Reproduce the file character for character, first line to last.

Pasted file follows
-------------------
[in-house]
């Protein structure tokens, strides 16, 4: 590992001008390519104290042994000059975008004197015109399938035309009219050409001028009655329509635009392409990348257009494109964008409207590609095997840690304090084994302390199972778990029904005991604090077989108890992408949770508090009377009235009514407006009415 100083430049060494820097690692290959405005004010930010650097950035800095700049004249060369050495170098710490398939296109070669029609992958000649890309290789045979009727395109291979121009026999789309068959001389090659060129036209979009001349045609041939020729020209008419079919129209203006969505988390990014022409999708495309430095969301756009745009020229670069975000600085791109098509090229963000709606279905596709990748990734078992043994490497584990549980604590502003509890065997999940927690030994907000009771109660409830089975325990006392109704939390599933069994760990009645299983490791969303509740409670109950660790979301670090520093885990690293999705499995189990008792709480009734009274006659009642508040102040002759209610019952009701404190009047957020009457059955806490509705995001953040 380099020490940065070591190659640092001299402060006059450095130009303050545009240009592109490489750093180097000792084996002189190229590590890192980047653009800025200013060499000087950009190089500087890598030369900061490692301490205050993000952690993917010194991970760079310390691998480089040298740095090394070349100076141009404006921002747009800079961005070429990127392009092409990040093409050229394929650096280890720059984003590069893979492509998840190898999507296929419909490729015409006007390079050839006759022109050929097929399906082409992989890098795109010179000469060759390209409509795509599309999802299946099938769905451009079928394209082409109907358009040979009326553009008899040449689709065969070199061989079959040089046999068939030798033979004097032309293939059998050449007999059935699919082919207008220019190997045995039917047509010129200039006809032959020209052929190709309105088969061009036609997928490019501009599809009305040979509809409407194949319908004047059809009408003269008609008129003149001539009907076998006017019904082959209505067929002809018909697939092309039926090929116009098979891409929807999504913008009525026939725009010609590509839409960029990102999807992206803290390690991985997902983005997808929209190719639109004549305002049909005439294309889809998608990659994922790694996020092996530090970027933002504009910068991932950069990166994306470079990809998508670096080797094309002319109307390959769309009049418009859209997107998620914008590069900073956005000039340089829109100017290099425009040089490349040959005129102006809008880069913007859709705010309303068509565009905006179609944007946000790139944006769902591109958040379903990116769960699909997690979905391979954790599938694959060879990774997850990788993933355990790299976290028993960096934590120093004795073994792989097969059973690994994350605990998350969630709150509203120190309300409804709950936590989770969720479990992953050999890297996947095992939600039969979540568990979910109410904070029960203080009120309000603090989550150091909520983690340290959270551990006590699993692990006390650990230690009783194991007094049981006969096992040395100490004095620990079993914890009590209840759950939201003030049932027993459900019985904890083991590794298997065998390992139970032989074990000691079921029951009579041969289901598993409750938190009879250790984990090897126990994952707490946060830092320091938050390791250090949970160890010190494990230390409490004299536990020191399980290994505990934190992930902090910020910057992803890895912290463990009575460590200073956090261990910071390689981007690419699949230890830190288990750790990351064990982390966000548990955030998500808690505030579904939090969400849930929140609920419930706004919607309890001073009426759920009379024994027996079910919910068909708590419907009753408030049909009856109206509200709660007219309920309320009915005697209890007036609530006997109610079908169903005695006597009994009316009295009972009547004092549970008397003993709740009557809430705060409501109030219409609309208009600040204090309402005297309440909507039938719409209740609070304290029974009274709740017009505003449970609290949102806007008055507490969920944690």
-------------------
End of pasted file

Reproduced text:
[in-house]
């Protein structure tokens, strides 16, 4: 590992001008390519104290042994000059975008004197015109399938035309009219050409001028009655329509635009392409990348257009494109964008409207590609095997840690304090084994302390199972778990029904005991604090077989108890992408949770508090009377009235009514407006009415 100083430049060494820097690692290959405005004010930010650097950035800095700049004249060369050495170098710490398939296109070669029609992958000649890309290789045979009727395109291979121009026999789309068959001389090659060129036209979009001349045609041939020729020209008419079919129209203006969505988390990014022409999708495309430095969301756009745009020229670069975000600085791109098509090229963000709606279905596709990748990734078992043994490497584990549980604590502003509890065997999940927690030994907000009771109660409830089975325990006392109704939390599933069994760990009645299983490791969303509740409670109950660790979301670090520093885990690293999705499995189990008792709480009734009274006659009642508040102040002759209610019952009701404190009047957020009457059955806490509705995001953040 380099020490940065070591190659640092001299402060006059450095130009303050545009240009592109490489750093180097000792084996002189190229590590890192980047653009800025200013060499000087950009190089500087890598030369900061490692301490205050993000952690993917010194991970760079310390691998480089040298740095090394070349100076141009404006921002747009800079961005070429990127392009092409990040093409050229394929650096280890720059984003590069893979492509998840190898999507296929419909490729015409006007390079050839006759022109050929097929399906082409992989890098795109010179000469060759390209409509795509599309999802299946099938769905451009079928394209082409109907358009040979009326553009008899040449689709065969070199061989079959040089046999068939030798033979004097032309293939059998050449007999059935699919082919207008220019190997045995039917047509010129200039006809032959020209052929190709309105088969061009036609997928490019501009599809009305040979509809409407194949319908004047059809009408003269008609008129003149001539009907076998006017019904082959209505067929002809018909697939092309039926090929116009098979891409929807999504913008009525026939725009010609590509839409960029990102999807992206803290390690991985997902983005997808929209190719639109004549305002049909005439294309889809998608990659994922790694996020092996530090970027933002504009910068991932950069990166994306470079990809998508670096080797094309002319109307390959769309009049418009859209997107998620914008590069900073956005000039340089829109100017290099425009040089490349040959005129102006809008880069913007859709705010309303068509565009905006179609944007946000790139944006769902591109958040379903990116769960699909997690979905391979954790599938694959060879990774997850990788993933355990790299976290028993960096934590120093004795073994792989097969059973690994994350605990998350969630709150509203120190309300409804709950936590989770969720479990992953050999890297996947095992939600039969979540568990979910109410904070029960203080009120309000603090989550150091909520983690340290959270551990006590699993692990006390650990230690009783194991007094049981006969096992040395100490004095620990079993914890009590209840759950939201003030049932027993459900019985904890083991590794298997065998390992139970032989074990000691079921029951009579041969289901598993409750938190009879250790984990090897126990994952707490946060830092320091938050390791250090949970160890010190494990230390409490004299536990020191399980290994505990934190992930902090910020910057992803890895912290463990009575460590200073956090261990910071390689981007690419699949230890830190288990750790990351064990982390966000548990955030998500808690505030579904939090969400849930929140609920419930706004919607309890001073009426759920009379024994027996079910919910068909708590419907009753408030049909009856109206509200709660007219309920309320009915005697209890007036609530006997109610079908169903005695006597009994009316009295009972009547004092549970008397003993709740009557809430705060409501109030219409609309208009600040204090309402005297309440909507039938719409209740609070304290029974009274709740017009505003449970609290949102806007008055507490969920944690």